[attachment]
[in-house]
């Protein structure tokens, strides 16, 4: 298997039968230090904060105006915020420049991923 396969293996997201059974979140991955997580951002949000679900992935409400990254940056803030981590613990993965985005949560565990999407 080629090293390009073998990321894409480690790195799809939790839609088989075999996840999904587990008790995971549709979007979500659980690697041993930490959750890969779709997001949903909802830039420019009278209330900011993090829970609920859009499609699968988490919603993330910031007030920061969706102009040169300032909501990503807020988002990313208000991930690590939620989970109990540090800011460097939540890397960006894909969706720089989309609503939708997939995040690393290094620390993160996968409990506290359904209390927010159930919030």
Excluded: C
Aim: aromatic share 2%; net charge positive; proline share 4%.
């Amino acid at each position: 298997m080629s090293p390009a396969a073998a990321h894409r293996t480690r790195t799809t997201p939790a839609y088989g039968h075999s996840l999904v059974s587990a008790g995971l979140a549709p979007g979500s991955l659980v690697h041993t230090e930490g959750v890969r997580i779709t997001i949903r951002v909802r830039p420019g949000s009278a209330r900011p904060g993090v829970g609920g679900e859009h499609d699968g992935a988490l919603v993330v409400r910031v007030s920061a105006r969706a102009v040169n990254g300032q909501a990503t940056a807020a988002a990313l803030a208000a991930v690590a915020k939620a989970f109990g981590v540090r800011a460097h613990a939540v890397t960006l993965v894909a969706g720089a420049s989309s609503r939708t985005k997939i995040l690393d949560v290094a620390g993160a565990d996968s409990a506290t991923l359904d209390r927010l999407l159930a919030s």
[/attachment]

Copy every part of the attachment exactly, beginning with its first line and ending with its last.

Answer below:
[in-house]
């Protein structure tokens, strides 16, 4: 298997039968230090904060105006915020420049991923 396969293996997201059974979140991955997580951002949000679900992935409400990254940056803030981590613990993965985005949560565990999407 080629090293390009073998990321894409480690790195799809939790839609088989075999996840999904587990008790995971549709979007979500659980690697041993930490959750890969779709997001949903909802830039420019009278209330900011993090829970609920859009499609699968988490919603993330910031007030920061969706102009040169300032909501990503807020988002990313208000991930690590939620989970109990540090800011460097939540890397960006894909969706720089989309609503939708997939995040690393290094620390993160996968409990506290359904209390927010159930919030």
Excluded: C
Aim: aromatic share 2%; net charge positive; proline share 4%.
């Amino acid at each position: 298997m080629s090293p390009a396969a073998a990321h894409r293996t480690r790195t799809t997201p939790a839609y088989g039968h075999s996840l999904v059974s587990a008790g995971l979140a549709p979007g979500s991955l659980v690697h041993t230090e930490g959750v890969r997580i779709t997001i949903r951002v909802r830039p420019g949000s009278a209330r900011p904060g993090v829970g609920g679900e859009h499609d699968g992935a988490l919603v993330v409400r910031v007030s920061a105006r969706a102009v040169n990254g300032q909501a990503t940056a807020a988002a990313l803030a208000a991930v690590a915020k939620a989970f109990g981590v540090r800011a460097h613990a939540v890397t960006l993965v894909a969706g720089a420049s989309s609503r939708t985005k997939i995040l690393d949560v290094a620390g993160a565990d996968s409990a506290t991923l359904d209390r927010l999407l159930a919030s």